Usha Uthup at Someplace Else, Kolkata

Usha Uthup at Someplace Else, Kolkata

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This was one of the few times in my life that I felt maybe I didn’t have enough. One Sunday morning, my father noticed that I was looking upset and asked me what was wrong. I told him about how we would all go out and when we went to the Park, everyone would go into Someplace Else and I’d make some excuse and stay out in the lobby. I said that it was mostly okay, but just once in a while, I’d like to be able to go in as well. He asked me what I needed and I said that if I could get pocket money of two thousand rupees a month, I’d be able to live like a king. My father started giving me two thousand rupees from that month on, but I still could never get myself to pay to get into Someplace Else.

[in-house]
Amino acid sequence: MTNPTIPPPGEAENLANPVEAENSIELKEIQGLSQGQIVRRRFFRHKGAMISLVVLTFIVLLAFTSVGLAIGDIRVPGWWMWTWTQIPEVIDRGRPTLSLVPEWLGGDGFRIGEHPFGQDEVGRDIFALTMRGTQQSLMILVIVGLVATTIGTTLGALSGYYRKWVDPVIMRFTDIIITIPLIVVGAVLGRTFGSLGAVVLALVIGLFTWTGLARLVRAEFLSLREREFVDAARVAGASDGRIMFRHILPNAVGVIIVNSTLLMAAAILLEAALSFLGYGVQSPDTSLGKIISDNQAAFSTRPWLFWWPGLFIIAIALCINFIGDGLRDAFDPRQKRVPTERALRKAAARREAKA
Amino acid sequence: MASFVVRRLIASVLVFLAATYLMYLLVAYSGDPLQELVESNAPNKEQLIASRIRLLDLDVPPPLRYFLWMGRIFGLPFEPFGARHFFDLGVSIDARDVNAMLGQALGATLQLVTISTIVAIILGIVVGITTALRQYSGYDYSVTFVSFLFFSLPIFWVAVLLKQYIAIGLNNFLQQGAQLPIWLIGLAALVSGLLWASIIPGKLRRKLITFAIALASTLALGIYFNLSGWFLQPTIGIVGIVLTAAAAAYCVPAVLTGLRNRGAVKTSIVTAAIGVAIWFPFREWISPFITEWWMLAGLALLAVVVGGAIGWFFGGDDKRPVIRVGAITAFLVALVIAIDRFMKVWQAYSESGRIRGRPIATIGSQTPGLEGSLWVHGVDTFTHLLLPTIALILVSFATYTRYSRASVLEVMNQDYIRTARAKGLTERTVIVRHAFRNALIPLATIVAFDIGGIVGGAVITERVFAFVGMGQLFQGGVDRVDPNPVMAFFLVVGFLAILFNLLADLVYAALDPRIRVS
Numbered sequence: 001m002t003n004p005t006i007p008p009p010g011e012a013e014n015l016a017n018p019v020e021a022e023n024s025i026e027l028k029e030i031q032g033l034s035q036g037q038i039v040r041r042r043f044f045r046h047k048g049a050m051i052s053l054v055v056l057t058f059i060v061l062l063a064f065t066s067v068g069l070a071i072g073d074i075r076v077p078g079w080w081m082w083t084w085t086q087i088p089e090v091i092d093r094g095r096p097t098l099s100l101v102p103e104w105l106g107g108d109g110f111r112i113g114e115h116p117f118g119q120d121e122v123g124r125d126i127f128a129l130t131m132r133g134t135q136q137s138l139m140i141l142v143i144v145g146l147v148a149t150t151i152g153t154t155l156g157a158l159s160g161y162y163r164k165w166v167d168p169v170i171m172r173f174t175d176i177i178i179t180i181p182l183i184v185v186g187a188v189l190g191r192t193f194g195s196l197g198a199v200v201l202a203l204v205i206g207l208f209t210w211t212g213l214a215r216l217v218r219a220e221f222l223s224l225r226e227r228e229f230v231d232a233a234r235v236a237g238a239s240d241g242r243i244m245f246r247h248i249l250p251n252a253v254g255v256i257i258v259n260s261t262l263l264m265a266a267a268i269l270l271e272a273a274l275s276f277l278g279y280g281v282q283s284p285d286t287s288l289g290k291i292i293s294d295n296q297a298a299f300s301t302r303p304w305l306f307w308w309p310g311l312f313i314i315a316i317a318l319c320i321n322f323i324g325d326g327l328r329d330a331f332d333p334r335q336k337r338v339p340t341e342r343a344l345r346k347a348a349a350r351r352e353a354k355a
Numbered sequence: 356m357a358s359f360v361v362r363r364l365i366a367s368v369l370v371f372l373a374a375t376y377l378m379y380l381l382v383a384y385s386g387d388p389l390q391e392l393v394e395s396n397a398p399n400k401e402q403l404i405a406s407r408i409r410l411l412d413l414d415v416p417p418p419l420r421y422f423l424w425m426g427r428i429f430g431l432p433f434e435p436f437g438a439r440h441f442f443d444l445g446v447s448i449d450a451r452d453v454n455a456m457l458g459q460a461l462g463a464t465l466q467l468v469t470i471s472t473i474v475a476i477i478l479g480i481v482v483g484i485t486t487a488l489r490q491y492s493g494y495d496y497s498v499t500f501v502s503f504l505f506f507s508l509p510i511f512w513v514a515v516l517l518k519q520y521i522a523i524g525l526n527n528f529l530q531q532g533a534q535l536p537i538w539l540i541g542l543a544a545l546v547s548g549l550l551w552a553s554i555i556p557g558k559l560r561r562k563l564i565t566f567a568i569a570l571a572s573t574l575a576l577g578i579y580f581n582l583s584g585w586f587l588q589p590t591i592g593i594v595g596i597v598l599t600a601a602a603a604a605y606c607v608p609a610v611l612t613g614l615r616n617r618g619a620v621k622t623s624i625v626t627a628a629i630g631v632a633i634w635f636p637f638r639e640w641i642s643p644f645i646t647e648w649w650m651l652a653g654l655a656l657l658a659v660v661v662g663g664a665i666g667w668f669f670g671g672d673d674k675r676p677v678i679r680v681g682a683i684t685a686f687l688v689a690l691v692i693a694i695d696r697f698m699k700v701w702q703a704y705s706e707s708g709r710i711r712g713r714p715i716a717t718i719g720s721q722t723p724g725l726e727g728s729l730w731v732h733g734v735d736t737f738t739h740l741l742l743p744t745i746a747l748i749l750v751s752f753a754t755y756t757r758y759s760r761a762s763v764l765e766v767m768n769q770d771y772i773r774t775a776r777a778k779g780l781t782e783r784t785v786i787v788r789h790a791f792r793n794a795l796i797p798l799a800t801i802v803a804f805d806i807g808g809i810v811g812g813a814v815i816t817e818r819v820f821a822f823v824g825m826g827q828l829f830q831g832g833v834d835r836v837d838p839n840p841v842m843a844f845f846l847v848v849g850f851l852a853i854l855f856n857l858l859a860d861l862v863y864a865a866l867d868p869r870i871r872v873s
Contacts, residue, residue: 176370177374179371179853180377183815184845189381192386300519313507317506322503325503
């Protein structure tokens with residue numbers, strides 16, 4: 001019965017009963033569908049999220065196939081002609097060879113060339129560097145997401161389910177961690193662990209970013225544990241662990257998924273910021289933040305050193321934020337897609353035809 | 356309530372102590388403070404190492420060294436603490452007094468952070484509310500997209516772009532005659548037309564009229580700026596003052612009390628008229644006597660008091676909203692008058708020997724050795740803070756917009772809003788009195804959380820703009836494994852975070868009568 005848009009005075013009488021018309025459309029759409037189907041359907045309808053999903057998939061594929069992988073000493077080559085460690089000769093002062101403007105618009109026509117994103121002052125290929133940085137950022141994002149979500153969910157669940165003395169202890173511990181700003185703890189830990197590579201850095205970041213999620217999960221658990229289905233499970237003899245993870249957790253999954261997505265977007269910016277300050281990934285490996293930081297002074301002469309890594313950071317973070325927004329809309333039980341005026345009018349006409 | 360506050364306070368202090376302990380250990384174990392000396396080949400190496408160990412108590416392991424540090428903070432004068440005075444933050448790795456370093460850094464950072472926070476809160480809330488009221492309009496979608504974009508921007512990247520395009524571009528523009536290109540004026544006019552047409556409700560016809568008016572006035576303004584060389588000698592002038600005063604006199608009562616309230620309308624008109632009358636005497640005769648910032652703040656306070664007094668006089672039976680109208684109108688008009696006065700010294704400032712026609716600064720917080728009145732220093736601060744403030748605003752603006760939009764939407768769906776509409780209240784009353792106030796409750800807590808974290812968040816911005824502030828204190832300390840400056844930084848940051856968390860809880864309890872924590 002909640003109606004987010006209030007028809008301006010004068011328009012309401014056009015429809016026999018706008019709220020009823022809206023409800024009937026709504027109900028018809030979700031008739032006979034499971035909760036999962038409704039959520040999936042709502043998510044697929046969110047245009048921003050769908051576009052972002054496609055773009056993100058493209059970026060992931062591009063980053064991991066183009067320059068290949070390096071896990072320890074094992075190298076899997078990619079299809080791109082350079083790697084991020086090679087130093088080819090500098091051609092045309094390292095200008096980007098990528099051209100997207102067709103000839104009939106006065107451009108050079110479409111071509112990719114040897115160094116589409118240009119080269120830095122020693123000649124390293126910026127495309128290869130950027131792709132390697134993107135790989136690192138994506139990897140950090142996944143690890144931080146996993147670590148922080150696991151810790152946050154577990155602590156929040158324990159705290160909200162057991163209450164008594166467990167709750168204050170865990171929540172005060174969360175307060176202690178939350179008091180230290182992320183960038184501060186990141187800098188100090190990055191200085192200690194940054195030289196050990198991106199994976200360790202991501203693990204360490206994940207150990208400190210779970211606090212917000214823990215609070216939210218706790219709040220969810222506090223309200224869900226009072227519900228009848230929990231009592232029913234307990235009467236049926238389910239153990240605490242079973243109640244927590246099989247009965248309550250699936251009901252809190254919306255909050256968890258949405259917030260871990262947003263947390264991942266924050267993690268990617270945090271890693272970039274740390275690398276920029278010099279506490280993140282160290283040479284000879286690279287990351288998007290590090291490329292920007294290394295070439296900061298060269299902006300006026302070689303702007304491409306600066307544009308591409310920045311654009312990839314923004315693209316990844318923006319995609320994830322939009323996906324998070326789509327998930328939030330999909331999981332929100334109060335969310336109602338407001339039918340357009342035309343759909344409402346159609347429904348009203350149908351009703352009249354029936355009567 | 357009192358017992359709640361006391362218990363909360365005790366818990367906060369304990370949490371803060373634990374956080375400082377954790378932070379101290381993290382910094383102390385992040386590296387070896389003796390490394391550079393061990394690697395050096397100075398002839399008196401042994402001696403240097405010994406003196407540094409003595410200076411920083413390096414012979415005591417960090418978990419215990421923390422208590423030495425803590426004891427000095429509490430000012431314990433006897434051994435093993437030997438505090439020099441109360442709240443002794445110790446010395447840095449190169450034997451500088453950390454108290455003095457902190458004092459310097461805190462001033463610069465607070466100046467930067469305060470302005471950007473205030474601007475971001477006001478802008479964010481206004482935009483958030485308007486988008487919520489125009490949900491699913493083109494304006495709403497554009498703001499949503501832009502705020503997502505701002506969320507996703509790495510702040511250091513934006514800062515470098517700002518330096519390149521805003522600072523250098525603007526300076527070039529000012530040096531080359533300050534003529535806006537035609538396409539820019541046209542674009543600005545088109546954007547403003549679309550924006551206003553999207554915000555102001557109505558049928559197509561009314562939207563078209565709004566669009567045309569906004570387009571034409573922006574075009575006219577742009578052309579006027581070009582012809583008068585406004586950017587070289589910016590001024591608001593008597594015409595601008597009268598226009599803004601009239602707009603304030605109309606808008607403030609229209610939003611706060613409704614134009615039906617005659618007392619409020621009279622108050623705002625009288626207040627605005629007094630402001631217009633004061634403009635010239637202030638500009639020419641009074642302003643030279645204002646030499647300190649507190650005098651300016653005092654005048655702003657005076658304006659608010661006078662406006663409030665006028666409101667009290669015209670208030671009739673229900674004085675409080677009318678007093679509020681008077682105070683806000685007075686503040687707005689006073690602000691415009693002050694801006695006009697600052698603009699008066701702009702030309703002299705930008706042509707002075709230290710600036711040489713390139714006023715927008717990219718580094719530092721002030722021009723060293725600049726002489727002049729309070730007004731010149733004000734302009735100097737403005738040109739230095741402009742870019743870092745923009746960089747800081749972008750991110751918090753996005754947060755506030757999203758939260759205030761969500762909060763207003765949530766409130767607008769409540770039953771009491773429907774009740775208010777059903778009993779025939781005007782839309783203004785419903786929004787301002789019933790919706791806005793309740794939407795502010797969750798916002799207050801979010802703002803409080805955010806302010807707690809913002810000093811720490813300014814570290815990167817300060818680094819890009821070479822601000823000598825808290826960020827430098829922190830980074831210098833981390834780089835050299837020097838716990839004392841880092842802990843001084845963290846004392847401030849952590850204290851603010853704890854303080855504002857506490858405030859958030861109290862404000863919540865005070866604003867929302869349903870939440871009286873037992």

Our other watering hole was CC&FC. The challenge with getting a drink there was that all the waiters had seen us grow up in front of them. If we asked for a beer or an alcoholic drink, the waiter would threaten to tell our parents. More often than not, that was enough to get us to order a cola. At least in the early days. Eventually, as our parents began to accept that their kids were of legal drinking age, we did just fine. I was fortunate to have wonderful parents in this regard (and every other regard).